As for the Toaster. I picked my trusty view 1 and made it up in my usual size L. However, I actually prefer a closer fit so I ended up taking it in quite a lot along the sleeves and body. I think what I really need to do is just retrace a size S and try making it up in that size rather than keep taking it in every time! It’s a really easy make though, if you have yet to try it, especially if you have an overlocker. But it can just as easily be made on a regular sewing machine of course. I absolutely love the oversized cuffs and hem band, both for their look and also how neat it makes the finish.

Sarah has got some gorgeous jerseys in her shop that would be perfect for a Toaster. These Burgundy or Dark Green Sweatshirtings would be super soft and snuggly. Or how about making one similar to me and swapping the colours of some of the pieces, with this Double Faced Grey/Black Ponte Roma?

P.S. Did you spot my little pop of red? Love my Pink Coat Club Seam

stress pin!! Sarah has some of those in her shop too 😉

Becca’s Arielle Skirt

This week we have another guest blogger, Becca from RedW Sews. She made the Arielle skirt by Tilly and the Buttons from our Bottle Green Corduroy and it is giving us all the Autumn vibes!


Hi there!

A couple of weeks ago I was lucky enough to be one of the attendees at this year’s Sewing Weekender in Cambridge. I’m still pulling together my thoughts on the weekend (organised by The Fold Line and English Girl at Home) in general, but today I’d like to share with you one of the projects I made during the weekend.

This project is the first of my autumnal makes for this year, and it came about through the generosity of Sarah (, who contacted me a few weeks before the event asking whether I’d like to do a guest blog and use some of her supplies for my Sewing Weekender project.

Well obviously I wasn’t going to say no to this lovely offer, as Sarah has some amazing fabrics in her shop, but I was a little stumped as to what to make.  The problem I had was that I knew that it was time to switch to autumnal makes, but Sarah got in touch literally as we were queuing up to board the plane to Italy, about to spend 2 weeks in ridiculously high temperatures. My brain just couldn’t handle autumn sewing plans, so I asked for some suggestions.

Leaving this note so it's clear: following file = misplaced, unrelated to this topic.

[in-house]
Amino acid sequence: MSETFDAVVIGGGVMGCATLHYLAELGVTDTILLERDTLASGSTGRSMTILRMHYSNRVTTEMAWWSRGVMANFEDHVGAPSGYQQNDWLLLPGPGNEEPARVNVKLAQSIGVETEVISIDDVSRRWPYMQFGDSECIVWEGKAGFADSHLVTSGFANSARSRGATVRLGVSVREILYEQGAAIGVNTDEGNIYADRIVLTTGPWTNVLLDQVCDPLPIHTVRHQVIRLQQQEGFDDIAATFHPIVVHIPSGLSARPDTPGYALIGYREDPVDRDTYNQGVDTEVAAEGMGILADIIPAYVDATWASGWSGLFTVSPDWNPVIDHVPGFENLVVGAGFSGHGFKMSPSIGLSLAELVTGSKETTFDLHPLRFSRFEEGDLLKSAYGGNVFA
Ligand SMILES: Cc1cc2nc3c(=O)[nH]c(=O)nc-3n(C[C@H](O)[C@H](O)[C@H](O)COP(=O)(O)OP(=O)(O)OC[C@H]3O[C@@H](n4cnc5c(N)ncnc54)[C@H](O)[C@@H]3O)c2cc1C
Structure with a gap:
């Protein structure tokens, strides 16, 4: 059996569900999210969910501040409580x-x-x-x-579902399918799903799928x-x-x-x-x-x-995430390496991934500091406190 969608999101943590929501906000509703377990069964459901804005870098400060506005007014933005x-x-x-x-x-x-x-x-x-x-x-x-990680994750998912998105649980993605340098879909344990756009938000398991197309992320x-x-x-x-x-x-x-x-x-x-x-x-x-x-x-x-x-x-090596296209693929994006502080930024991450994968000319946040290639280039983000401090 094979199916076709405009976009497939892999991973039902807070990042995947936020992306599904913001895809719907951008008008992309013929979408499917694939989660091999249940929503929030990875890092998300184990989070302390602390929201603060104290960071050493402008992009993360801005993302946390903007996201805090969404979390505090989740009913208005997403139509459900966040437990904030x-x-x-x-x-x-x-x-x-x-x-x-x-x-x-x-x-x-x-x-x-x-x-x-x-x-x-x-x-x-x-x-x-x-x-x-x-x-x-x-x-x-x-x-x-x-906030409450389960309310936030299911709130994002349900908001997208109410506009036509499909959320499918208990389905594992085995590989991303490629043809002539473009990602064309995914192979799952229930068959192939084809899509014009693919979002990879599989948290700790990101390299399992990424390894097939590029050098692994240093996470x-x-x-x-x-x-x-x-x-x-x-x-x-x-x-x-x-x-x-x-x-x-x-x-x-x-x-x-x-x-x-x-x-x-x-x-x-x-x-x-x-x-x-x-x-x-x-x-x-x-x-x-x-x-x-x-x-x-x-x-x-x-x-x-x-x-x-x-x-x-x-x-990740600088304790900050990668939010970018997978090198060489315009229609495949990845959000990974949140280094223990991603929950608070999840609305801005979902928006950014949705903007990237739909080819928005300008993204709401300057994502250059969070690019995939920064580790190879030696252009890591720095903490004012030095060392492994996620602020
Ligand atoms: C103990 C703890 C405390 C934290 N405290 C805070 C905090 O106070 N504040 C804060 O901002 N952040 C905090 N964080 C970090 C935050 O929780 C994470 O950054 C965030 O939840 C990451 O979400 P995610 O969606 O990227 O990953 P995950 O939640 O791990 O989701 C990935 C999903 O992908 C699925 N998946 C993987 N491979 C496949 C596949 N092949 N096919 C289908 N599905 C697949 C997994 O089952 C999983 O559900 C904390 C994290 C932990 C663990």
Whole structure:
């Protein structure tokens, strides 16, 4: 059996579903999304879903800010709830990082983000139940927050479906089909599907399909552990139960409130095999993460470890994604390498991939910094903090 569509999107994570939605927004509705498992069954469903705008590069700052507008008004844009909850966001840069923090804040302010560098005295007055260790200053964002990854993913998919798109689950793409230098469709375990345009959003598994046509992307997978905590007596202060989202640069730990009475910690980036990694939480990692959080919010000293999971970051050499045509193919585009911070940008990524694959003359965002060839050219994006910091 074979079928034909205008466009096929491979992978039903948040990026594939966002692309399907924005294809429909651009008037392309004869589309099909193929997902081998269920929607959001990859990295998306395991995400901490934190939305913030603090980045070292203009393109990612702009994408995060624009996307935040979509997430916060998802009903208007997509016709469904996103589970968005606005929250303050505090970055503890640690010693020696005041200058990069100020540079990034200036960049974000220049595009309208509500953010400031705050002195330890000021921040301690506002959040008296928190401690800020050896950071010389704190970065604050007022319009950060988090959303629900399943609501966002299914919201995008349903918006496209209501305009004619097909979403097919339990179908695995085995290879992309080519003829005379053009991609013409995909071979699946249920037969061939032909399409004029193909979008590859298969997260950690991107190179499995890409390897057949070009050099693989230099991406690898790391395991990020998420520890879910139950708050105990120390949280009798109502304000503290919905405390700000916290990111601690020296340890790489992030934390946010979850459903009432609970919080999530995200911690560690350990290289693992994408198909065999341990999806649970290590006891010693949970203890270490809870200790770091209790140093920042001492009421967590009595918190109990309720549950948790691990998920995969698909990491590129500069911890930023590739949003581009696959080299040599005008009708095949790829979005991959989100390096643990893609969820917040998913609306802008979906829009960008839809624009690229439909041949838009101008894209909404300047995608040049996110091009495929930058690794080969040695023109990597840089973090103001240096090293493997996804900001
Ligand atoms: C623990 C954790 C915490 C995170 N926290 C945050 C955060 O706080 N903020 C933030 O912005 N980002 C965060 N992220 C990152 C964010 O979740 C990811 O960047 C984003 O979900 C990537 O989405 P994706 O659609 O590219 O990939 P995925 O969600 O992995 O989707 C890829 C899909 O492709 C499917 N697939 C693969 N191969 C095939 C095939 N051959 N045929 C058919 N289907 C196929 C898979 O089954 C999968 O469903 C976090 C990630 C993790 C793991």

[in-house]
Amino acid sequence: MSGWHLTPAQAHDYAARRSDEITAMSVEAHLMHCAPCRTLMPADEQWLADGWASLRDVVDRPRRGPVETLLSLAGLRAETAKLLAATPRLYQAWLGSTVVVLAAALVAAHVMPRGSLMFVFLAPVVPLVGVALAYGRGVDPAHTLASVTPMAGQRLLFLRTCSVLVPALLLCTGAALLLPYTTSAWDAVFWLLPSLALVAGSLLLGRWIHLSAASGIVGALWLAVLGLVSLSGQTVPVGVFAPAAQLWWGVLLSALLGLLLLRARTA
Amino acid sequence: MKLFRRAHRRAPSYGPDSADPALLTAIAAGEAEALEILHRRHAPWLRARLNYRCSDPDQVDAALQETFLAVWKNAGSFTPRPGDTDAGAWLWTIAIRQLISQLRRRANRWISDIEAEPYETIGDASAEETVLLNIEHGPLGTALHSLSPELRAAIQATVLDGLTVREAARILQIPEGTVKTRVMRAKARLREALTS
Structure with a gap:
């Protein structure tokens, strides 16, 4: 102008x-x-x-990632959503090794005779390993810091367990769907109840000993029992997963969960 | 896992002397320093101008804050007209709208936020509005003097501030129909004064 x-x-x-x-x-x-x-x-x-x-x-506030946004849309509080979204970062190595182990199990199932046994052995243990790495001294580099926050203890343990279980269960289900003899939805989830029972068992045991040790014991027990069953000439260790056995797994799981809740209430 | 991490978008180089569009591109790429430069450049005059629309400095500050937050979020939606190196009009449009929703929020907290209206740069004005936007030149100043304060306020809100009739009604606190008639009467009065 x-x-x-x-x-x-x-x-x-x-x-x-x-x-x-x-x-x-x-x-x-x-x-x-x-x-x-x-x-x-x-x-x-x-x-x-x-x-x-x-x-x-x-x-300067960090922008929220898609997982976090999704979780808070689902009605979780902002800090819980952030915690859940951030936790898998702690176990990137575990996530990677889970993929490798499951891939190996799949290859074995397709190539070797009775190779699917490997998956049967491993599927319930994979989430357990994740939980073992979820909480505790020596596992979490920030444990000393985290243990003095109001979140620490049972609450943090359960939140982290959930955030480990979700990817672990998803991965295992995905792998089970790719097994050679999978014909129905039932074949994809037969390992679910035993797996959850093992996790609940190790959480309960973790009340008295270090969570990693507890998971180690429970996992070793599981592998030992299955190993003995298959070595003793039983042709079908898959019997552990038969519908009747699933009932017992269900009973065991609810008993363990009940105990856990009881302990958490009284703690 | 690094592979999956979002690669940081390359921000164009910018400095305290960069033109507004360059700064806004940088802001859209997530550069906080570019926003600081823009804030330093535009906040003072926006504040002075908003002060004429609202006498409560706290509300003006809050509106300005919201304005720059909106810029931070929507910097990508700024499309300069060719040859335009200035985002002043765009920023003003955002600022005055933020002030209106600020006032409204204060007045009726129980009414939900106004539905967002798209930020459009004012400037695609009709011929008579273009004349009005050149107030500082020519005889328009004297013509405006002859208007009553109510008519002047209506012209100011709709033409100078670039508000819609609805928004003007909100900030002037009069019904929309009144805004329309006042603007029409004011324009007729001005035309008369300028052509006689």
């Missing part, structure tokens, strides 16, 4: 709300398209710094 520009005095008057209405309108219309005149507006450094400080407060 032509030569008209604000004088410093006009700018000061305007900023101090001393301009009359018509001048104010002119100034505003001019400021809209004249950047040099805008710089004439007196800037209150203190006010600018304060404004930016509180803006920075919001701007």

I am so glad I did! Sarah suggested that some chunky bottle green cord she had in would work well with my colouring, and might make a really good Cleo or Arielle (both Tilly patterns). I was originally thinking Cleo but then, when it arrived, it just had to be a skirt somehow.

Enter Arielle. I’ve actually had this pattern in my stash for a couple of years and I don’t quite know why it hasn’t got to the top of the queue? I love its asymmetric front fastening detail and all those lovely buttons.

Because I hadn’t made it before, I did a quick toile in the week before the Weekender. I graded between a 4 on the waist and a 5 on the hips and I’m really glad I went to the effort of toiling.  The toile showed that, as drafted, the skirt would be too tight on the hips, loose on the waist and the hem wouldn’t be level at the back.

To fix all of these problems, I made a few changes.

  • I increased the size of the back waist darts to bring the waistline in to the small of my back whilst making sure the side seams remained vertical
  • I reduced the seam allowance to 3/8″ instead of 5/8″
  • I added 2″ to the length all over (again, when Tilly says short, she means short!)
  • I added 2cm to the centre back seam.

The last adjustment was winging it slightly; I’d not seen this done on a skirt piece before, but I reasoned that the unlevel hem was for the same reason my trouser waistbands normally dip in the middle; my bum’s quite large! And thankfully, it seems to have worked!

The cord fabric is absolutely beautiful; the colour is gloriously rich, and the hand is great.  As it’s cord it needs to be cut out as you would for a directional print; to cut efficiently, instead of cutting the back piece on the fold, I simply created a pattern piece for the whole back skirt and then was able to lay everything out carefully on the single layer piece of fabric.  I managed quite easily to get everything out of the 1.2m of fabric Sarah sent me, transferring the marks with tailor’s chalk.

Because this is definitely a cold weather skirt, I went for a full lining; I chose a plain poly lining in black.  I didn’t get chance to cut this out beforehand, but cutting it on the floor in Cambridge didn’t take long at all.

Despite the ample distractions of the Weekender (i.e. all the lovely people I was sitting with and the chance to chat about sewing and life in general whilst actually sewing), I made pretty good progress and by Sunday morning I just had the buttonholes, buttons and hem to finish.

Oh, those buttonholes! With hindsight, I should have realised that my fairly temperamental machine and 6 buttonholes were perhaps not the greatest combination known to man! However, with rather a lot of swearing and several instances of unpicking and starting again, I ended up with 6 pretty even, very presentable buttonholes and a machined hem by mid morning. At which point, I decided to call it quits and sew the buttons on by hand at home.

I’m pretty delighted with the finished skirt and so grateful to Sarah.  Without her prompting I would possibly not have gone for this very beautiful, very wearable plain coloured cord and I definitely wouldn’t have thought of the neglected Arielle pattern waiting in my stash. And yet together, they’ve combined to create a garment which is totally me and which will definitely see a lot of wear over the coming months.

So the moral of the story is, if in doubt, ask Sarah what you should make; her impeccable taste is clearly the magic ingredient here!

Thanks very much Sarah; and autumn, I’m ready for you!


Stef’s Eve Dress